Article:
Food uncertainty has the effect of invigorating food-related responses. Psychologists have noted that mammals and birds respond more to a conditioned stimulus that unreliably predicts food delivery, and ecologists have shown that animals (especially small passerines) consume and/or hoard more food and can get fatter when access to that resource is unpredictable. Are these phenomena related? We think they are. Psychologists have proposed several mechanistic interpretations, while ecologists have suggested a functional interpretation: the effect of unpredictability on fat reserves and hoarding behavior is an evolutionary strategy acting against the risk of starvation when food is in short supply...
March 8, 2018: Behavioral and Brain Sciences
Sandeep S Dhawan, Shuang Xia, David S Tait, Christoffer Bundgaard, Ellen Bowman, Verity J Brown
RATIONALE: Delivering orally bioavailable drugs to rodents is an important component to investigating that route of administration in novel treatments for humans. However, the traditional method of oral gavage requires training, is stressful, and can induce oesophageal damage in rodents. OBJECTIVES: To demonstrate a novel administrative technique-palatable gelatine tablets-as a stress-free route of oral delivery. METHODS: Twenty-four male Lister hooded rats were sacrificed for brain tissue analysis at varying time-points after jelly administration of 30 mg/kg of the wake-promoting drug modafinil...
March 6, 2018: Psychopharmacology
Sirimon Reutrakul, Eve Van Cauter
A large body of epidemiologic evidence has linked insufficient sleep duration and quality to the risk of obesity, insulin resistance and type 2 diabetes. To address putative causal mechanisms, this review focuses on laboratory interventions involving several nights of experimental sleep restriction, fragmentation or extension and examining metabolically relevant outcomes. Sleep restriction has been consistently shown to increase hunger, appetite and food intake, with the increase in caloric intake in excess of the energy requirements of extended wakefulness...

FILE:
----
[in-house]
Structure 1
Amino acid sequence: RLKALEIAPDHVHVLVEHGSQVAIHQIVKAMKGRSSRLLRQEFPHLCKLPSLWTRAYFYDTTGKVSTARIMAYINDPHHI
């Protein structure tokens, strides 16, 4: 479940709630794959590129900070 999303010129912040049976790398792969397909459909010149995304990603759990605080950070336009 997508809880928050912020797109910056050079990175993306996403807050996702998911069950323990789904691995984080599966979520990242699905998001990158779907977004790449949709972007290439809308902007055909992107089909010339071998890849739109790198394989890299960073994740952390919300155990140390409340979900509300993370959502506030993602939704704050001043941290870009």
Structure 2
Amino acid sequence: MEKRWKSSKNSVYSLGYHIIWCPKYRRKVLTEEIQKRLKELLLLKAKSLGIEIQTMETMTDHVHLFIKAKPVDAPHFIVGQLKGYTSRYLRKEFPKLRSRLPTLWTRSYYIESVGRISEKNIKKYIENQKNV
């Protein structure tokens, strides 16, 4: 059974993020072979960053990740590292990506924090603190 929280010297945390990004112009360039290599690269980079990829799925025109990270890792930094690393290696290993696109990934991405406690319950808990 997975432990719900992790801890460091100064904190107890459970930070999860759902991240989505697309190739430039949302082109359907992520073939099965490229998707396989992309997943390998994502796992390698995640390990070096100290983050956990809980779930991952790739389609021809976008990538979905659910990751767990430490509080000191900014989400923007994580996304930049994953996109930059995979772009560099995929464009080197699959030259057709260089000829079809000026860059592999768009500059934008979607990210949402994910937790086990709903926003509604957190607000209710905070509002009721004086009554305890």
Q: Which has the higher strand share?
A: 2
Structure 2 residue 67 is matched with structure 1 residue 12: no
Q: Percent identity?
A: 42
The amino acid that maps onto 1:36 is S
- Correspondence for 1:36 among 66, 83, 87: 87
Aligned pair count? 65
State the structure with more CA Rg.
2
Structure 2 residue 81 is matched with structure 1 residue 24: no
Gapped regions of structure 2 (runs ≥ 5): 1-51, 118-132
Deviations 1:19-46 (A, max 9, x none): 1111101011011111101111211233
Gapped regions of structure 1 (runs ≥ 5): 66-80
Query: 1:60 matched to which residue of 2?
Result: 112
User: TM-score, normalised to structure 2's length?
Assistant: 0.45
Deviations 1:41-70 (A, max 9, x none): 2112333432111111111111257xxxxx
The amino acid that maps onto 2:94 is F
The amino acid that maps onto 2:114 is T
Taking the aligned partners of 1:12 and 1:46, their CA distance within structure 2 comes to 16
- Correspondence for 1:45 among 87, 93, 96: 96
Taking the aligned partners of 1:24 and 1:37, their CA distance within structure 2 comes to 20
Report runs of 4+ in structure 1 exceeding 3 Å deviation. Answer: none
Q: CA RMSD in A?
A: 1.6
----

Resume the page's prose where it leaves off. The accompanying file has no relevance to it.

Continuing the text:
March 3, 2018: Metabolism: Clinical and Experimental
Mashfiqui Rabbi, Meredith Philyaw-Kotov, Jinseok Lee, Anthony Mansour, Laura Dent, Xiaolei Wang, Rebecca Cunningham, Erin Bonar, Inbal Nahum-Shani, Predrag Klasnja, Maureen Walton, Susan Murphy
Despite the recent progress in sensor technologies, many relevant health data can be only captured with manual input (e.g., food intake, stress appraisal, subjective emotion, substance use). A common problem of manual logging is that users often disengage within a short time because of high burden. In this work, we propose SARA, a novel app to engage users with ongoing tracking using timely rewards thereby reinforcing users for data input. SARA is developed for adolescents and emerging adults at risk for substance abuse...
September 2017: Proceedings of the ACM International Conference on Ubiquitous Computing
Geoff Bardwell, Solanna Anderson, Lindsey Richardson, Lorna Bird, Hugh Lampkin, Will Small, Ryan McNeil
BACKGROUND: While drug user organizations (DUO) have received public health attention as a means to potentially reduce the harms associated with drug use, there is a lack of research on the compensation and structural forces that promote or inhibit participation in DUO. Against the backdrop of structural vulnerability experienced by people who use drugs (PWUD), we examined the impact of monetary 'volunteer stipends' provided through a DUO and explore their role in providing low-threshold employment opportunities and shaping participation in DUO...
March 1, 2018: International Journal on Drug Policy
Joel Figueroa-Quiñones, Julio Cjuno